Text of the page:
During the GOP debate Tuesday in Las Vegas, Ted Cruz criticized the government for not noticing public social media posts from the San Bernardino shooters showing their commitment to jihad, the Washington Post reports. "[Tashfeen Malik] made a public call to jihad, and they didn’t target it," Cruz claimed. But that's not exactly true. "That's a garble," FBI director James Comey says. According to the AP, while Malik and her husband Syed Farook communicated about jihad and martyrdom online before ever meeting in person, it was always in the form of private messages, not publicly visible posts. “I’m talking about the kinds of messages that billions, trillions are sent every day,” Fox News quotes Comey. “We don’t intercept the communications of Americans without predication.”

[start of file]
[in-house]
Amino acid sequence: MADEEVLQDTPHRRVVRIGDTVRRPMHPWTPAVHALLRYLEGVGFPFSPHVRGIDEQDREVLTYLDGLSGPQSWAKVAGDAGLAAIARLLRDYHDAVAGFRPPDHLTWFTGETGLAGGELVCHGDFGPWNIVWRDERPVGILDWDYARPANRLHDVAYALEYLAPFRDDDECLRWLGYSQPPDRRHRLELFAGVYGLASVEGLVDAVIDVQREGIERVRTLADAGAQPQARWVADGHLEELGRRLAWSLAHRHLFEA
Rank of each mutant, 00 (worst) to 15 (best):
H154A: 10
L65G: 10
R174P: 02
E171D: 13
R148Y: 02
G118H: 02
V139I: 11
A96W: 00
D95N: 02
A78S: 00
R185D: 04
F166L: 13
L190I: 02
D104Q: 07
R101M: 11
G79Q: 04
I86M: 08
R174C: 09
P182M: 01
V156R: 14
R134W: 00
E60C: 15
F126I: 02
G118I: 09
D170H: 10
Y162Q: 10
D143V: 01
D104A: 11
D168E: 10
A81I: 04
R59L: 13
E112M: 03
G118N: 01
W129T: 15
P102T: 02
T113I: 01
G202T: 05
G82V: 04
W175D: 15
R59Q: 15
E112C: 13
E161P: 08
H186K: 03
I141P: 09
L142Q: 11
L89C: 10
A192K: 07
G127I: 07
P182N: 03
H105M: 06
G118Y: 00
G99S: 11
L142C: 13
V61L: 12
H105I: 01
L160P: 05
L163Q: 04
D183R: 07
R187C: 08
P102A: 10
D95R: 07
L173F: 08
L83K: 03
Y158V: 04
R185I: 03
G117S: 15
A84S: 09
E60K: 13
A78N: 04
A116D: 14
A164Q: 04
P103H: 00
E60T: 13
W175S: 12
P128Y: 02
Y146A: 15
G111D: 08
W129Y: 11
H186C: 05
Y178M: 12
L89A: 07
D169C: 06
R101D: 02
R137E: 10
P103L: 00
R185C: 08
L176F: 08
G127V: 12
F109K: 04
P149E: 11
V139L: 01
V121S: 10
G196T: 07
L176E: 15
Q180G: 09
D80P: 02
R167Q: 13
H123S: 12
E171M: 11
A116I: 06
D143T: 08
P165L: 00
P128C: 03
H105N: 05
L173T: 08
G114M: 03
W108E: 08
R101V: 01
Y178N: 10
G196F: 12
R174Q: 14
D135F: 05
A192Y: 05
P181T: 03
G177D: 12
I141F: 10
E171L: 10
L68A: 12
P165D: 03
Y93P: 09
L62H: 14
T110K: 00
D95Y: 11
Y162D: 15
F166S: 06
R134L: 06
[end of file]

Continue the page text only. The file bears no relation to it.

The Post reports Malik made a public post supporting ISIS on behalf of her and her husband immediately following the attack on an office party in San Bernardino, California, that left 14 dead. But Comey says there's no indication the couple made any sort of public show of support for jihad that "should have put them on our screen," according to Fox. The Post reports Comey didn't specify which social media platform the couple used, but law enforcement officials have said in the past it was Facebook. The direct messages about jihad and martyrdom were sent between the two in late 2013, before the formation of ISIS.